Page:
Lexington Herald, Lexington, Kentucky, November 1, 1921:
FARMER KILLED BY INTERURBAN
Hal C. Bowman, 60, Had Back to Approaching Car and Was Unable to Hear Sound of the Whistle.
WAS LEADER IN FAYETTE
Hal C. Bowman, 60 years old, prominent Fayette county farmer, was killed instantly yesterday afternoon about 5:30 o'clock, when he was struck by a westbound interurban car on the Versailles pike, at the intersection of Gun's Lane, about three miles from Lexington.
Mr. Bowman apparently did not see the approaching car. It was raining and he was holding an umbrella watching for the car going toward Lexington, which meets the car bound for Versailles near that point.
According to the story, told by Motorman P. Maupin, who, with Conductor J. R. Jordan, was in charge of the interurban, the car was about 75 feet from the crossing when he saw Mr. Bowman standing on the track with his back toward the approaching car. Mr. Maupin applied the brakes and blew the whistle, he said, but was unable to stop the car until after it struck Mr. Bowman. Mr. Bowman was deaf, which accounts for his not hearing the whistle, it was stated.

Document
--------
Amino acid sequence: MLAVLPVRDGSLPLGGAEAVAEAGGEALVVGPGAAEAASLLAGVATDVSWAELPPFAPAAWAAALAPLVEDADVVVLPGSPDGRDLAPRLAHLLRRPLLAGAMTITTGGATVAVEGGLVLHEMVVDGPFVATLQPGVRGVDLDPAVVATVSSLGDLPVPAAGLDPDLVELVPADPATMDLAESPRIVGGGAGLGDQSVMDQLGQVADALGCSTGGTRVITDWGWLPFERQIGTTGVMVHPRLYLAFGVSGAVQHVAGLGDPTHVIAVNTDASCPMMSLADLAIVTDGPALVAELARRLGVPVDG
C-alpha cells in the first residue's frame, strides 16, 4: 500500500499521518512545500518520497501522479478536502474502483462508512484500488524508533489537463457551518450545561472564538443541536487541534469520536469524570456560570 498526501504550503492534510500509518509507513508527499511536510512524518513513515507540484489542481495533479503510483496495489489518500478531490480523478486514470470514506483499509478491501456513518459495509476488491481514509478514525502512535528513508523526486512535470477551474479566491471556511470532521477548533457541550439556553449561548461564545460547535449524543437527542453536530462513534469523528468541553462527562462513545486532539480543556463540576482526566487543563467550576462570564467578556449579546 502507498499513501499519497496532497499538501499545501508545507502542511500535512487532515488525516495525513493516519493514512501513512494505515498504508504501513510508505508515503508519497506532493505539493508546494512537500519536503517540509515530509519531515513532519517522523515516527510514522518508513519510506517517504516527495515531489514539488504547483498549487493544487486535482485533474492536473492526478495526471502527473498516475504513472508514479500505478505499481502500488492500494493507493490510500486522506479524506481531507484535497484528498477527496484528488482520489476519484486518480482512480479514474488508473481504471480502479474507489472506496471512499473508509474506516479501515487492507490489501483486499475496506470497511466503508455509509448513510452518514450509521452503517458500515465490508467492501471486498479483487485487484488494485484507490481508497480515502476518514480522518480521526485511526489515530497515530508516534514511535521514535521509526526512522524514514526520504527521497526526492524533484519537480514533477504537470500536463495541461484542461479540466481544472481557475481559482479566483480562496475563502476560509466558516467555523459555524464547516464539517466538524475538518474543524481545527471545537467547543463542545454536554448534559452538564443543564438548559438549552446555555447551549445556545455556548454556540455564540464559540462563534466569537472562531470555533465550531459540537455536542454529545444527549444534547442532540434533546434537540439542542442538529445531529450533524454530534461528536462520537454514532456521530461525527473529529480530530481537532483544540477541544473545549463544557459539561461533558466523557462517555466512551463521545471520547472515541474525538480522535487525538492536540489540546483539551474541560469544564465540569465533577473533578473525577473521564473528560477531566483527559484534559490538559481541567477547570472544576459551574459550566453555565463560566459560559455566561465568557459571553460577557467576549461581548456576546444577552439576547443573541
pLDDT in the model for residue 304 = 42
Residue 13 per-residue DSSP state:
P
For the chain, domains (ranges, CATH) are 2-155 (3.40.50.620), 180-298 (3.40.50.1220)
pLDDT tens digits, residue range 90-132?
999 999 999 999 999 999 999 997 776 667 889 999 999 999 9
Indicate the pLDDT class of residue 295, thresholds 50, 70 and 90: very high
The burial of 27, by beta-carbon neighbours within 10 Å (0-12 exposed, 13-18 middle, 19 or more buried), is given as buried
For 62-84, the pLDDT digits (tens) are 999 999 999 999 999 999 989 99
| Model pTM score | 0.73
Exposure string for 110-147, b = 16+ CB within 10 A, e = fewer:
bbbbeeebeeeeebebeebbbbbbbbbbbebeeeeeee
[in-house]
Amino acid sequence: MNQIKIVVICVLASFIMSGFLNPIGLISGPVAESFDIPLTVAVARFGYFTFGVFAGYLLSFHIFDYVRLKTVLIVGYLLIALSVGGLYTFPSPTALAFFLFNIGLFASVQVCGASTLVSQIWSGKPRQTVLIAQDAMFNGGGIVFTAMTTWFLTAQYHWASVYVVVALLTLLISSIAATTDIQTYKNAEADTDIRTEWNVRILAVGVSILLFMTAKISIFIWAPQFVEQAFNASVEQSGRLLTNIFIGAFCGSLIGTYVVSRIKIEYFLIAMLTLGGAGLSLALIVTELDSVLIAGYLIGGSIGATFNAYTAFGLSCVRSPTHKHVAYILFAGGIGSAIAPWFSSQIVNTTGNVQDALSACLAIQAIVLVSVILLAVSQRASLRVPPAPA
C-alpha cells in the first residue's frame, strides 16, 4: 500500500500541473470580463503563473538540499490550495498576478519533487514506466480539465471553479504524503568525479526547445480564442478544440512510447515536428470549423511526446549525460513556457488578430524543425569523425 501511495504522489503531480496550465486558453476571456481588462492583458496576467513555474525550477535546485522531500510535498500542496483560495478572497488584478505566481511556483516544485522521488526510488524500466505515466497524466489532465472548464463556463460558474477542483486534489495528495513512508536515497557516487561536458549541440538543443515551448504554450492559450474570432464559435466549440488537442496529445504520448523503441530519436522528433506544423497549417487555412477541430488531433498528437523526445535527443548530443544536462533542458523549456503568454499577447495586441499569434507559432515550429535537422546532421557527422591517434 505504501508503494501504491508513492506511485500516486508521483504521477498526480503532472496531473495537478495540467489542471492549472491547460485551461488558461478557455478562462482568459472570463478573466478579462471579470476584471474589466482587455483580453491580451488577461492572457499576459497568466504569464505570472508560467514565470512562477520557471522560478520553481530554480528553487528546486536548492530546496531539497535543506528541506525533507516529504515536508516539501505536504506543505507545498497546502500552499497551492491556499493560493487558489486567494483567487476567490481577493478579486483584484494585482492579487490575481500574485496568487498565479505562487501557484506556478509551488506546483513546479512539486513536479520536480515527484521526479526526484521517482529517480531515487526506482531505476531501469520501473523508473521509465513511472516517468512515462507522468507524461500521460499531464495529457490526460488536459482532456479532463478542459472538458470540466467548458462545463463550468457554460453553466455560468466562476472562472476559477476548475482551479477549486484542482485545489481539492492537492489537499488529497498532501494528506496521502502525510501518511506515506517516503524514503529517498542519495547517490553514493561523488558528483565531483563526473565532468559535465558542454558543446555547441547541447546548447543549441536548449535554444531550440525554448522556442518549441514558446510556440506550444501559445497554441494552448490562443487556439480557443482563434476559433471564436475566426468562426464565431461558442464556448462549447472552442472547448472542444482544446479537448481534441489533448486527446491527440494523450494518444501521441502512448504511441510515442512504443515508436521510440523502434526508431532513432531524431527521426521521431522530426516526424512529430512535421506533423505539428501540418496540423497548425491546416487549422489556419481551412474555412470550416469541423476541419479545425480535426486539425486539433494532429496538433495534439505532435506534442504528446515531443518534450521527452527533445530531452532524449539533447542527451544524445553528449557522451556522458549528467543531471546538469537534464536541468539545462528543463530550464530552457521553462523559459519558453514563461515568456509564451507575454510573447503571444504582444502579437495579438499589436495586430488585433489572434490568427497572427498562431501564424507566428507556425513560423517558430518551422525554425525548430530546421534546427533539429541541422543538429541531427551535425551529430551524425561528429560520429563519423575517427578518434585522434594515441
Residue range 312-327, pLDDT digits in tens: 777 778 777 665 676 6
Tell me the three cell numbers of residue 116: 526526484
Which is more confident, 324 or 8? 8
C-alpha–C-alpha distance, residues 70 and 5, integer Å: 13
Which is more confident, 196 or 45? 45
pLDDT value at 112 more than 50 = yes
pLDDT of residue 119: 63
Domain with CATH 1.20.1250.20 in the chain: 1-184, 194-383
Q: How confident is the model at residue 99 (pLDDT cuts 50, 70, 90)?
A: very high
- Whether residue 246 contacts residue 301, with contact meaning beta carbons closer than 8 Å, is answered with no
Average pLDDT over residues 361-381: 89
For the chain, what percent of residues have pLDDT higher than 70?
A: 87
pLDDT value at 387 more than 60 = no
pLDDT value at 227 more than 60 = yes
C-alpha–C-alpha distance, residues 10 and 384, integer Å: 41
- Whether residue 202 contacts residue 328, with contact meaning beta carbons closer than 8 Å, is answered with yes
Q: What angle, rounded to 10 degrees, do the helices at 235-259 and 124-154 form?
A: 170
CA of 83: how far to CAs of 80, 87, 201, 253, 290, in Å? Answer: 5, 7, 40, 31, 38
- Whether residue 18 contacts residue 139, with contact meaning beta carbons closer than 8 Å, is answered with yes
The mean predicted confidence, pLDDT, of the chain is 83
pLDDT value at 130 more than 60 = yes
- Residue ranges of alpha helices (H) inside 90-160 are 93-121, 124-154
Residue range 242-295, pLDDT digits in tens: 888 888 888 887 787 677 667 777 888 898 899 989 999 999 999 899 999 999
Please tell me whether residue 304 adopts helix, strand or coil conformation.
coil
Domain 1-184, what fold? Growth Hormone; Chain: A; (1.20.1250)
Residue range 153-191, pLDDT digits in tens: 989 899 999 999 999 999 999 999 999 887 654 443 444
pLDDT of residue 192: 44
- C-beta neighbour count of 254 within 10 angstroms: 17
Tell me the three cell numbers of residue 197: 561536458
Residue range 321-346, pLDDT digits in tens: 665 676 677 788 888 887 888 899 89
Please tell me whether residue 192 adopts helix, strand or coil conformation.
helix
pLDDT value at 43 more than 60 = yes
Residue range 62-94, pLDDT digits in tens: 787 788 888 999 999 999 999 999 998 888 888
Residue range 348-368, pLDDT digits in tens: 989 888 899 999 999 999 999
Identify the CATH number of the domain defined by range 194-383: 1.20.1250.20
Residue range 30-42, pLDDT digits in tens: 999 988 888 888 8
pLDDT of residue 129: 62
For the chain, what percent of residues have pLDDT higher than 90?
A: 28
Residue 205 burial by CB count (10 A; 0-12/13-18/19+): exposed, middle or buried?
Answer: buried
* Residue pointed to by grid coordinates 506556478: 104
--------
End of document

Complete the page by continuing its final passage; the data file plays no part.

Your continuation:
The force of the impact knocked Mr. Bowman across the pike. The body was badly mangled and apparently many bones in his body, besides his skull, were broken. He was taken into the house at the intersection of the two roads by the crew on the car and later taken to the establishment of W. R. Milward.
Mr. Bowman was one of the most prominent and influential farmers of the county. He was born and lived in that section of the county all his life. He was the son of the late Henry Bowman. He is survived by two sisters, Anna Bell and Sallie, and two brothers, Andrew W. and Will, all of Lexington. The funeral arrangements will be announced later.
The inquest will be held Wednesday morning at the courthouse, Coroner John Anglin announced.
Copyright 2012, ACK for Gene Notes